A Good Woman: Not Good Enough

by Claudius J West

in Fun Stuff

A Good Woman movieNot until the ending credits did I discover that A Good Woman is an adaptation of Oscar Wilde’s four act play Lady Windemere’s Fan. 

So, I thought, that explains the cleverness and wit. Too bad it was wasted in a movie like this.

I don’t know if it could have saved the day, but having someone other than Helen Hunt play Mrs. Erlynne would undoubtedly have made it better. Hunt’s delivery of her lines was off-putting. Perhaps her odd, rising inflections were meant to be intriguing.

Although Hunt is playing the part of a long-time and highly successful gold-digger, her presence here makes us think, repeatedly, that she is too old for this part, that, over and over again, she isn’t pulling it off—look at that grooved face, look at that stringy neck. Her figure is in great shape, but her face could never do what it is supposed to do, which is to entrance. Sorry to be harsh, but she didn’t fit the part.

Granted, physical appearance is just one factor in being charming, and perhaps it is the most overrated factor. I was completely open to being charmed in other than a visual way, but, again, Ms. Hunt couldn’t pull it off. If she had, much else would have been forgiven.

Many parts of the movie are ridiculous. Lady Windemere, after accepting on meager testimony that her husband is not carrying on an affair but is in fact being blackmailed, doesn’t bother to ask anything about the blackmail. Estranged husband and wife are reconciled as if by fairy dust.

Mrs. Erlynne, the blackmailer, has received half a dozen or more checks, plus cash payments (who knew blackmailers worked on installment plans?). Yet in the end, she shows a change of heart (she really didn’t mean to blackmail anyone) by handing back just one of the checks. Isn’t she a good woman? But what about the rest of the money?

The reason for the blackmail is that Mrs. Erlynne is the mother of the respectable Mrs. Windemere, though Mrs. Windemere doesn’t know it and would practically die from humiliation if ever she found out her mother was a “bad woman”. This motivation may have worked in the 1890s when Wilde wrote the play, but forty years later when the movie takes place, it doesn’t seem likely. Worse, to a modern audience, the idea that the poor Lady Windermere’s fragile ego can’t handle knowing the truth and must be deceived at all costs, well, it’s an unwelcome anachronism.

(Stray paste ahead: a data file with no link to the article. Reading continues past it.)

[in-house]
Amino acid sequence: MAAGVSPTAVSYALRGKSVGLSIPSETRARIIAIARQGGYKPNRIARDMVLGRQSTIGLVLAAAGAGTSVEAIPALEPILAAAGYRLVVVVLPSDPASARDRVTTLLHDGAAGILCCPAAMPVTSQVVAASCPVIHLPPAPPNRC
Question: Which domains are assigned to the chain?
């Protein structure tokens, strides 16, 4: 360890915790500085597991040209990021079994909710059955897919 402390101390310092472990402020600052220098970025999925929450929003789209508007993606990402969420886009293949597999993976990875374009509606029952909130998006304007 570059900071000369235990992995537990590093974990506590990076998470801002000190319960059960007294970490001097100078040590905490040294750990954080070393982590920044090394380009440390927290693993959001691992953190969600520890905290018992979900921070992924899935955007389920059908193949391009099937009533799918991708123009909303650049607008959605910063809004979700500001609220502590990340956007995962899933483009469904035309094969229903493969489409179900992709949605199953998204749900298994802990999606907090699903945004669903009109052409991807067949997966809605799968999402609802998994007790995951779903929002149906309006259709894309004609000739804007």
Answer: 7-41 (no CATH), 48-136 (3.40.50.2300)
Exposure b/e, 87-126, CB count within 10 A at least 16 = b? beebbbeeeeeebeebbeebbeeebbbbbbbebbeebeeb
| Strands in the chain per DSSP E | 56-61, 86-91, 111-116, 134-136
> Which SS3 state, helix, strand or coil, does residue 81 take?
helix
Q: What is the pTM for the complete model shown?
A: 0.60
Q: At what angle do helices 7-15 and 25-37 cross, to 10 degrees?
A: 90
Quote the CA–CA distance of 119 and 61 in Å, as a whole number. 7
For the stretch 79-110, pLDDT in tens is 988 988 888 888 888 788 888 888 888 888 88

Equally ridiculous is Mrs. Erlynne’s reluctance to accept a proposal of marriage—even better, from her point of view, a marriage of convenience—from a wealthy man her own age. They are a good match for one another. Tuppy sees her as she is; he is thoroughly simpatico with her reputation, maybe even turned on by it, and he is eager to marry her. He is the sugar-daddy of her dreams who, if she keeps from queering the deal, will set her  up for life.

So, why doesn’t she leap at the chance? At first, I thought: she’s playing hard to get.  She knows her job, which is seducing men. This is the guy she wants to be serious with, so she’s treating him differently, taking it slow, playing hard to get. Good for her.

But, it was not to be. She nobly “sacrifices” her chances with Tuppy (even though we are given no evidence that she actually wants Tuppy—we the audience are rooting for Tuppy, but Erlynne’s demurrals seem authentic). She “sacrifices” her chances for marriage in order to cover up the truth of her daughter’s behavior and spare her daughter supposedly harsh consequences. What a great mom. Because of it, things go badly with Tuppy. A simple explanation would have set the whole thing straight, but for some unbelievable reason that option doesn’t occur to Erlynne.

Tom Wilkinson playing Tuppy is a treat. Seeing him exchange lines with Hunt, one hardly notices his impeccable acting power, it’s so natural, except in contrast with Hunt, who, in that setting, seems like nothing more than a promising actor in a small high school production. Sorry, but this just wasn’t the right role for her.


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